Michael Schumacher is being slowly brought out of his month-long induced coma, according to his manager.
The former Formula One world champion has spent the past month in hospital following a skiing accident in the French resort of Meribel.
His manager confirmed today that steps are under way to bring Schumacher out of his coma following the accident on 29 December.
In a statement, his manager said his sedation is being reduced in order to allow the start of the waking-up process, which may take a long time.
After the accident, Schumacher was sedated and his body temperature cooled to around 35C to ease the risk of further damage to the brain.
Surgeons at Grenoble University Hospital say they decided on the coma after operating on bleeding and bruising in his brain.
They carried out a post-operative scan that revealed "widespread lesions" on both sides of the brain.
A second operation, to treat bleeding, took place on 30 December.
Four-time Formula One champion Sebastian Vettel said this week he was hoping for a "miracle and he can be the same guy he was before".
"We still don't know what shape he will be in when he wakes up, which is awful for his family and friends," Vettel told reporters in Jerez in southern Spain.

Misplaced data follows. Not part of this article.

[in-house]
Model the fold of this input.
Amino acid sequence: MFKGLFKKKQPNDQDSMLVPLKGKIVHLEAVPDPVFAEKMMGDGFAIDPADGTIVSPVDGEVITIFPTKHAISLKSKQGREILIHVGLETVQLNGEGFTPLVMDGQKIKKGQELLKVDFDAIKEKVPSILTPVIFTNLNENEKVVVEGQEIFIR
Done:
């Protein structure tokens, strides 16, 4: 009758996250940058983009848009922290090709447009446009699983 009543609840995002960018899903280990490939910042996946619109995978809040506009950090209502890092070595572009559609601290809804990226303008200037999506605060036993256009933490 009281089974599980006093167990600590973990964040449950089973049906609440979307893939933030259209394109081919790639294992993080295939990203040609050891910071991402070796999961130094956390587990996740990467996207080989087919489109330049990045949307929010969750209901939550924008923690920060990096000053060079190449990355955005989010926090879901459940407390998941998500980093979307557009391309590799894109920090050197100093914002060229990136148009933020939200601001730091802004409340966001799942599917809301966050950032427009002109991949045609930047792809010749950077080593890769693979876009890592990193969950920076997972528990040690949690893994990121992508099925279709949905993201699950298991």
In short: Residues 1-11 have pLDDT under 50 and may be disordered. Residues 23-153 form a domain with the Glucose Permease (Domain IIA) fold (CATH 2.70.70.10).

Schumacher, who turned 45 on 3 January, dominated Formula One.
He won the F1 title seven times, more than any other driver, and notched up 91 victories between 1994 and 2004.
He first retired aged 37 but was unable to resist the lure of the track.
In 2010, he came out of retirement but was unable to recover his previous performance and quit for good in 2012.
As an F1 racer, Schumacher was known for his daring overtaking manoeuvres, his at-times almost reckless abandon in the pursuit of victory and his mastery of tricky conditions presented by rain.
On the day of the skiing accident, Schumacher appears to have skied on a partially covered rock, lost his balance and fallen on another rock further down, according to the prosecutor in charge of the investigation.
The impact was so strong it smashed his helmet in two.
Investigators have ruled out faulty skis, inadequate signage or excessive speed as possible causes of the crash.